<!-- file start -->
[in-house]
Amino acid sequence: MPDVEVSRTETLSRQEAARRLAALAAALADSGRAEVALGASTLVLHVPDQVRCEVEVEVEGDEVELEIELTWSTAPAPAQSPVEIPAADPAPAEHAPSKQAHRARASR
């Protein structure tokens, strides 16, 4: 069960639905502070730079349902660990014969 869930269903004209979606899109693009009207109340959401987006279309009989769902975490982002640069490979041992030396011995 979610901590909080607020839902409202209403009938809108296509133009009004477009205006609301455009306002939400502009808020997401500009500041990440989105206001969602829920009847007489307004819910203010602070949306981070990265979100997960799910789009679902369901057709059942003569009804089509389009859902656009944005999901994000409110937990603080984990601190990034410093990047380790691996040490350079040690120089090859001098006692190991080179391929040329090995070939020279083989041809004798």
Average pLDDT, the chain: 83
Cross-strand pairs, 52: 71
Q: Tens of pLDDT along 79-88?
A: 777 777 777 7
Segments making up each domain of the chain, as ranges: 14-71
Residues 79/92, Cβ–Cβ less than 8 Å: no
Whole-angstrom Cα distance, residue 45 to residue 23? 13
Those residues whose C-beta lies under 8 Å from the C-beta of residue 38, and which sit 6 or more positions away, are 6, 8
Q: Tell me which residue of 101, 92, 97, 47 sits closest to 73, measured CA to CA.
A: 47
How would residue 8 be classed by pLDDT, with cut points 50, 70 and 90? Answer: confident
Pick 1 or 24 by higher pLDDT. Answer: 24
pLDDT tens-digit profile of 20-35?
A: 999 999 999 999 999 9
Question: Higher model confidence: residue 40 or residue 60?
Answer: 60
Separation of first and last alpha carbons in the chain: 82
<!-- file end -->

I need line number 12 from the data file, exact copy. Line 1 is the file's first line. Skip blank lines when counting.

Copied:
Q: Tell me which residue of 101, 92, 97, 47 sits closest to 73, measured CA to CA.